"At the time of Sierra's death, we considered Sylvia to be the queen of mean. She is a very high-ranking, 23 year-old monkey who was, at best, disdainful of females other than Sierra," said Anne Engh, a postdoctoral researcher in Penn's Department of Biology. "With Sierra gone, Sylvia experienced what could only really be described as depression, corresponding with an increase in her glucocorticoid levels."
Engh works with Penn biologist Dorothy Cheney and Robert Seyfarth, a professor in Penn's Department of Psychology. For the last 14 years, Cheney and Seyfarth have followed a troop of more than 80 free-ranging baboons in the Okavango Delta of Botswana. Their research explores the mechanisms that might be the basis of primate social relationships and how such relationships may have influenced the development of human social relationships, intelligence and language.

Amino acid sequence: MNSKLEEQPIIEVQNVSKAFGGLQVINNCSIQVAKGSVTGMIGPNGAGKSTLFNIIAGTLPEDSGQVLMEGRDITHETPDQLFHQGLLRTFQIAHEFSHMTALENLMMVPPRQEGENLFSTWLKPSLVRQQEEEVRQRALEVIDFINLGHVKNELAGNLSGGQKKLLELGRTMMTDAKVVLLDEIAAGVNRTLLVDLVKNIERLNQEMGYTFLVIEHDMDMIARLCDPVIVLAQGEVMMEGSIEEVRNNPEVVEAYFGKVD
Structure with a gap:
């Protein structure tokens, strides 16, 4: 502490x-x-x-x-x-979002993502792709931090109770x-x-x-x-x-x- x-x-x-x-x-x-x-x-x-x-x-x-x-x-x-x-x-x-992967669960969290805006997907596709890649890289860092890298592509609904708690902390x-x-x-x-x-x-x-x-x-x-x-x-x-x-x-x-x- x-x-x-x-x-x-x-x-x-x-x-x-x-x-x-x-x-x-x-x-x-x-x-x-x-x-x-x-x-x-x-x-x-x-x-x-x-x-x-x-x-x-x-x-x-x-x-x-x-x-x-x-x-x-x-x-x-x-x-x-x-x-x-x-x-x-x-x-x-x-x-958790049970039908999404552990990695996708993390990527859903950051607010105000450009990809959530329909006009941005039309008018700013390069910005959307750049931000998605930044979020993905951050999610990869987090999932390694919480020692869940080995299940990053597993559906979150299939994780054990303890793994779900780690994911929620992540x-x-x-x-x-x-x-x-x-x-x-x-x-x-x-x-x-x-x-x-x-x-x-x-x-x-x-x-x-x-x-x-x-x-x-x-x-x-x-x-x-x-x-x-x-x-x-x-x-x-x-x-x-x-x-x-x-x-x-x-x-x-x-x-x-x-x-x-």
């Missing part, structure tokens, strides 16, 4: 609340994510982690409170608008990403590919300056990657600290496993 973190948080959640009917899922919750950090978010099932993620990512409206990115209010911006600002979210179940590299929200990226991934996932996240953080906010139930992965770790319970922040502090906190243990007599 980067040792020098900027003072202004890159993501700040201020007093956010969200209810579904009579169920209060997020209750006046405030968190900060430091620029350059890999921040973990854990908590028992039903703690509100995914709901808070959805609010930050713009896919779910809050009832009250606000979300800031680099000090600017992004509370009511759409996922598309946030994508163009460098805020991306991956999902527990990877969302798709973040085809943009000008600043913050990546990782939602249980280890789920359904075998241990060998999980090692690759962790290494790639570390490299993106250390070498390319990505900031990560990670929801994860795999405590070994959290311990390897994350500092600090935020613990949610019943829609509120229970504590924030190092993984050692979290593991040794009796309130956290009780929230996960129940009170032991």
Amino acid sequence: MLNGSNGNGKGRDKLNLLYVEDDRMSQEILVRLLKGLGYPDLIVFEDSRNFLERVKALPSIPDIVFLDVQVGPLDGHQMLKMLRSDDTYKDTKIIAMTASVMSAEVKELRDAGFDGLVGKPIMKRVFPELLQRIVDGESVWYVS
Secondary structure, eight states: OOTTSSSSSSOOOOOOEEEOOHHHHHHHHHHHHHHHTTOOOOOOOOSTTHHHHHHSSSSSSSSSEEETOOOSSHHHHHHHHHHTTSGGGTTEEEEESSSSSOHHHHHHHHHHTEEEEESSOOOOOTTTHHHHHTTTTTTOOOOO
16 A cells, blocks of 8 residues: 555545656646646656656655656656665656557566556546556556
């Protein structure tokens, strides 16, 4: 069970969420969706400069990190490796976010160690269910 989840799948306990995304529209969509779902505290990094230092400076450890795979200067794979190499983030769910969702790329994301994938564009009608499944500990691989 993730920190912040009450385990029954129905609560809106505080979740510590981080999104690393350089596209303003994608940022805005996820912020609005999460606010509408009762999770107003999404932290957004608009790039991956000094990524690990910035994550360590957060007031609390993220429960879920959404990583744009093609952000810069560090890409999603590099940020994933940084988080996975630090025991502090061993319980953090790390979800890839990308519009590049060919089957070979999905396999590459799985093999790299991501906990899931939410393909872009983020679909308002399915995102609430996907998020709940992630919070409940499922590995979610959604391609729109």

To study the response of stress among baboons, Engh and her colleagues examined the glucocorticoid levels and grooming behavior of females in the troop to see how closely they resemble patterns seen in humans. Their findings were published in a recent article in the Proceedings of the Royal Society of Biological Sciences.
Grooming, a friendly behavior where baboons clean each other's fur, is the primary means by which baboons strengthen social bonds. According to Engh, while the death of a close family member was clearly stressful over the
Contact: Greg Lester
University of Pennsylvania